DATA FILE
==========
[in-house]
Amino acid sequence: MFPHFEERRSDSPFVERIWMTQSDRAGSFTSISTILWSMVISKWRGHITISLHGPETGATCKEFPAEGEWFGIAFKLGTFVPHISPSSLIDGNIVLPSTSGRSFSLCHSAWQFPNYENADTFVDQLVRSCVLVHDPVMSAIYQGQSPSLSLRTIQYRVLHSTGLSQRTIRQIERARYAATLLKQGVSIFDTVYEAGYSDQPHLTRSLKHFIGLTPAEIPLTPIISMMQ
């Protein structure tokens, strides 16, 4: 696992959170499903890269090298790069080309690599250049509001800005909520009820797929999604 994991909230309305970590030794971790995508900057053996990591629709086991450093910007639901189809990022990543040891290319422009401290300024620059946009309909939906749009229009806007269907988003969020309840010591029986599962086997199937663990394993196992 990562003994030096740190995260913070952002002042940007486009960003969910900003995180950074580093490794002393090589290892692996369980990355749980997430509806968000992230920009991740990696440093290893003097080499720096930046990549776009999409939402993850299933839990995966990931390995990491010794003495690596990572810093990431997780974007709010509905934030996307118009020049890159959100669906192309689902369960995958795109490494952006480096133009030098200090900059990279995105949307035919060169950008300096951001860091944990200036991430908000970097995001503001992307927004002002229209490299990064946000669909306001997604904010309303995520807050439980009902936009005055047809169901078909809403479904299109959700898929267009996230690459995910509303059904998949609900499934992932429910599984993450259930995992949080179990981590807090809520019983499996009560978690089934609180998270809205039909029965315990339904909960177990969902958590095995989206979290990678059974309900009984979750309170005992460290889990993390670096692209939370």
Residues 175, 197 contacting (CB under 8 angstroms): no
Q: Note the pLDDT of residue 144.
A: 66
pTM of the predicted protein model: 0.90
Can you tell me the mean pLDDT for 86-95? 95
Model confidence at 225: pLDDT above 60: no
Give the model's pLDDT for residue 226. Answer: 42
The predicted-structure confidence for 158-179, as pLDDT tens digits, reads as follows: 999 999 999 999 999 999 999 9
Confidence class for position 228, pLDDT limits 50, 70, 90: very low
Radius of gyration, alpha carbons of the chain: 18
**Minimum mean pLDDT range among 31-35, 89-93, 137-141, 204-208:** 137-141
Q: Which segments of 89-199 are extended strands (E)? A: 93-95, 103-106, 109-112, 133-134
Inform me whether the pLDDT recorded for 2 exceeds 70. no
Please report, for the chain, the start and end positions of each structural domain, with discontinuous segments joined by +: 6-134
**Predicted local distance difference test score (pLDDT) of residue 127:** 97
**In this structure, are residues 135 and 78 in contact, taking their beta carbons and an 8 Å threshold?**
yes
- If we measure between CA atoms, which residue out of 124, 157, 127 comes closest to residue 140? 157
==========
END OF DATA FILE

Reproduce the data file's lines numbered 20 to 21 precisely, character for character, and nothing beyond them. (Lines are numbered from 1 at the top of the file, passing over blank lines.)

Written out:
yes
- If we measure between CA atoms, which residue out of 124, 157, 127 comes closest to residue 140? 157